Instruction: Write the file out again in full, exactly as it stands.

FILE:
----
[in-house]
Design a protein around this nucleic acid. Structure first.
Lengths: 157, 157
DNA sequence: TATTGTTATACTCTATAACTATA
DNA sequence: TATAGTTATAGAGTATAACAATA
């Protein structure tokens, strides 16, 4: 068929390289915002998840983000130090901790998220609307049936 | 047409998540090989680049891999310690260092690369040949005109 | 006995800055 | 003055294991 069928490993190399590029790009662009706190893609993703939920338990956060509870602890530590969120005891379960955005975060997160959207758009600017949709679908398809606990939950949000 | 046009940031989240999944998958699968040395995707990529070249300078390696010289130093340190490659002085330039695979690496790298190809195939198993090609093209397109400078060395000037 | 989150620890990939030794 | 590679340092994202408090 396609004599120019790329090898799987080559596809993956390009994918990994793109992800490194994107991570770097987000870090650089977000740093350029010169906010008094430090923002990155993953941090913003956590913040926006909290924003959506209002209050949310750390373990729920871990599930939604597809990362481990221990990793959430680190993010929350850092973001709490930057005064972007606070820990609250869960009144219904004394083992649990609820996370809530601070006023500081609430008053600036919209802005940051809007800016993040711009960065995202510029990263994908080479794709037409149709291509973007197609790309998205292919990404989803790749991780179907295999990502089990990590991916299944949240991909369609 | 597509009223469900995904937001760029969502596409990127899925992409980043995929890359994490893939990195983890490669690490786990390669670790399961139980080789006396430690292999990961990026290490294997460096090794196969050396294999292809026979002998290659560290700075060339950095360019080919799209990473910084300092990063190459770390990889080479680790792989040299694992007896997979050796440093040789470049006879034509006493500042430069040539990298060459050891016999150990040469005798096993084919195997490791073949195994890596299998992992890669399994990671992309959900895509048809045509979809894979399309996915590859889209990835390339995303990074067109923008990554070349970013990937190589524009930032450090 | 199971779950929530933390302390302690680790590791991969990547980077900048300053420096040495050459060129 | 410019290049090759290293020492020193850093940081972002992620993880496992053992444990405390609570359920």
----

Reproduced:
[in-house]
Design a protein around this nucleic acid. Structure first.
Lengths: 157, 157
DNA sequence: TATTGTTATACTCTATAACTATA
DNA sequence: TATAGTTATAGAGTATAACAATA
């Protein structure tokens, strides 16, 4: 068929390289915002998840983000130090901790998220609307049936 | 047409998540090989680049891999310690260092690369040949005109 | 006995800055 | 003055294991 069928490993190399590029790009662009706190893609993703939920338990956060509870602890530590969120005891379960955005975060997160959207758009600017949709679908398809606990939950949000 | 046009940031989240999944998958699968040395995707990529070249300078390696010289130093340190490659002085330039695979690496790298190809195939198993090609093209397109400078060395000037 | 989150620890990939030794 | 590679340092994202408090 396609004599120019790329090898799987080559596809993956390009994918990994793109992800490194994107991570770097987000870090650089977000740093350029010169906010008094430090923002990155993953941090913003956590913040926006909290924003959506209002209050949310750390373990729920871990599930939604597809990362481990221990990793959430680190993010929350850092973001709490930057005064972007606070820990609250869960009144219904004394083992649990609820996370809530601070006023500081609430008053600036919209802005940051809007800016993040711009960065995202510029990263994908080479794709037409149709291509973007197609790309998205292919990404989803790749991780179907295999990502089990990590991916299944949240991909369609 | 597509009223469900995904937001760029969502596409990127899925992409980043995929890359994490893939990195983890490669690490786990390669670790399961139980080789006396430690292999990961990026290490294997460096090794196969050396294999292809026979002998290659560290700075060339950095360019080919799209990473910084300092990063190459770390990889080479680790792989040299694992007896997979050796440093040789470049006879034509006493500042430069040539990298060459050891016999150990040469005798096993084919195997490791073949195994890596299998992992890669399994990671992309959900895509048809045509979809894979399309996915590859889209990835390339995303990074067109923008990554070349970013990937190589524009930032450090 | 199971779950929530933390302390302690680790590791991969990547980077900048300053420096040495050459060129 | 410019290049090759290293020492020193850093940081972002992620993880496992053992444990405390609570359920």